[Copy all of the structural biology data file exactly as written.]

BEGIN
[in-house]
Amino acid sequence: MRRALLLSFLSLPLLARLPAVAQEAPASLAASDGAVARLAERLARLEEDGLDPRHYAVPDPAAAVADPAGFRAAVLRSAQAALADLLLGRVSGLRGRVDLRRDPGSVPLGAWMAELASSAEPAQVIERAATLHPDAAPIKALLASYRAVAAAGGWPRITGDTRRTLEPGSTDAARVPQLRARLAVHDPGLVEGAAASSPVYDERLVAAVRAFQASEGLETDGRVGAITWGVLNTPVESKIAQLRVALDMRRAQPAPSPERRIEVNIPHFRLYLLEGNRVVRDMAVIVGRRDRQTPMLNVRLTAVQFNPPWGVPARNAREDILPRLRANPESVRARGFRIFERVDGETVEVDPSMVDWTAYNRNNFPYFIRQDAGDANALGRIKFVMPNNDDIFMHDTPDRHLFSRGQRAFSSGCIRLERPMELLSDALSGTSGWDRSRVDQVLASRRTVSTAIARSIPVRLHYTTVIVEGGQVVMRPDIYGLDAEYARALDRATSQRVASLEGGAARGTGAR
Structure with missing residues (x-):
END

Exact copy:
[in-house]
Amino acid sequence: MRRALLLSFLSLPLLARLPAVAQEAPASLAASDGAVARLAERLARLEEDGLDPRHYAVPDPAAAVADPAGFRAAVLRSAQAALADLLLGRVSGLRGRVDLRRDPGSVPLGAWMAELASSAEPAQVIERAATLHPDAAPIKALLASYRAVAAAGGWPRITGDTRRTLEPGSTDAARVPQLRARLAVHDPGLVEGAAASSPVYDERLVAAVRAFQASEGLETDGRVGAITWGVLNTPVESKIAQLRVALDMRRAQPAPSPERRIEVNIPHFRLYLLEGNRVVRDMAVIVGRRDRQTPMLNVRLTAVQFNPPWGVPARNAREDILPRLRANPESVRARGFRIFERVDGETVEVDPSMVDWTAYNRNNFPYFIRQDAGDANALGRIKFVMPNNDDIFMHDTPDRHLFSRGQRAFSSGCIRLERPMELLSDALSGTSGWDRSRVDQVLASRRTVSTAIARSIPVRLHYTTVIVEGGQVVMRPDIYGLDAEYARALDRATSQRVASLEGGAARGTGAR
Structure with missing residues (x-):